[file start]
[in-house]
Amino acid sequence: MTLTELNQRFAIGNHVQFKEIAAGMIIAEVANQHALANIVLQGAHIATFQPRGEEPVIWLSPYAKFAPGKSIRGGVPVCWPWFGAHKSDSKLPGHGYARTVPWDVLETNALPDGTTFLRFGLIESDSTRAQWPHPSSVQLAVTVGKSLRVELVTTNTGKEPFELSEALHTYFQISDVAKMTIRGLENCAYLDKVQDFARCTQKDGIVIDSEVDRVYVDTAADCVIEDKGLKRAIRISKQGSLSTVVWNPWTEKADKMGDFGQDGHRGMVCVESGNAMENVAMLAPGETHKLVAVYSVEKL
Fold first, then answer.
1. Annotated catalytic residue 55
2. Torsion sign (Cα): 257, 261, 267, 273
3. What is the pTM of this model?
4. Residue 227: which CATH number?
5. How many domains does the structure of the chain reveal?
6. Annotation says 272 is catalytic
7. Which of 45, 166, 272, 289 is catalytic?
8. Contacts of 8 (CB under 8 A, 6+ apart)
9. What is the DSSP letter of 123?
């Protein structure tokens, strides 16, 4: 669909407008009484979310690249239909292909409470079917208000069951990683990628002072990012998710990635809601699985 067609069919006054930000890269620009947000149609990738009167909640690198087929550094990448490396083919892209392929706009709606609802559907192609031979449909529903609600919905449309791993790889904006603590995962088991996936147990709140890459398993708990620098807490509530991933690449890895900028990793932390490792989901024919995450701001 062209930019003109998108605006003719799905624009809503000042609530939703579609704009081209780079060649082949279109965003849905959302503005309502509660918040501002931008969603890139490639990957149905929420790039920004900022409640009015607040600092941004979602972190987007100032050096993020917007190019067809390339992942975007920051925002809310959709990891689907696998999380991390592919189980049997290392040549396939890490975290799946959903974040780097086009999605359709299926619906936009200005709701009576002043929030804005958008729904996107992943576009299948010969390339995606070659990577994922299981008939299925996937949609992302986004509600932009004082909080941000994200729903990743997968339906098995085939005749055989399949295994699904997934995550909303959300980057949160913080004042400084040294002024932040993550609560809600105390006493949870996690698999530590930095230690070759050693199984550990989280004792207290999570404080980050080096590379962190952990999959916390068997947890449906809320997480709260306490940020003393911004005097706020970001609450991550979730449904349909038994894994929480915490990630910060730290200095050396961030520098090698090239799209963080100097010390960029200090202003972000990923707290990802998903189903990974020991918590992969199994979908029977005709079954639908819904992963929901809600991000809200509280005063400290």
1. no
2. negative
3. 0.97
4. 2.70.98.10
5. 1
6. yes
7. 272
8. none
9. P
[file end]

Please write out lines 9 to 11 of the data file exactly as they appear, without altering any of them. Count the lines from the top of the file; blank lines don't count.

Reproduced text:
6. Annotation says 272 is catalytic
7. Which of 45, 166, 272, 289 is catalytic?
8. Contacts of 8 (CB under 8 A, 6+ apart)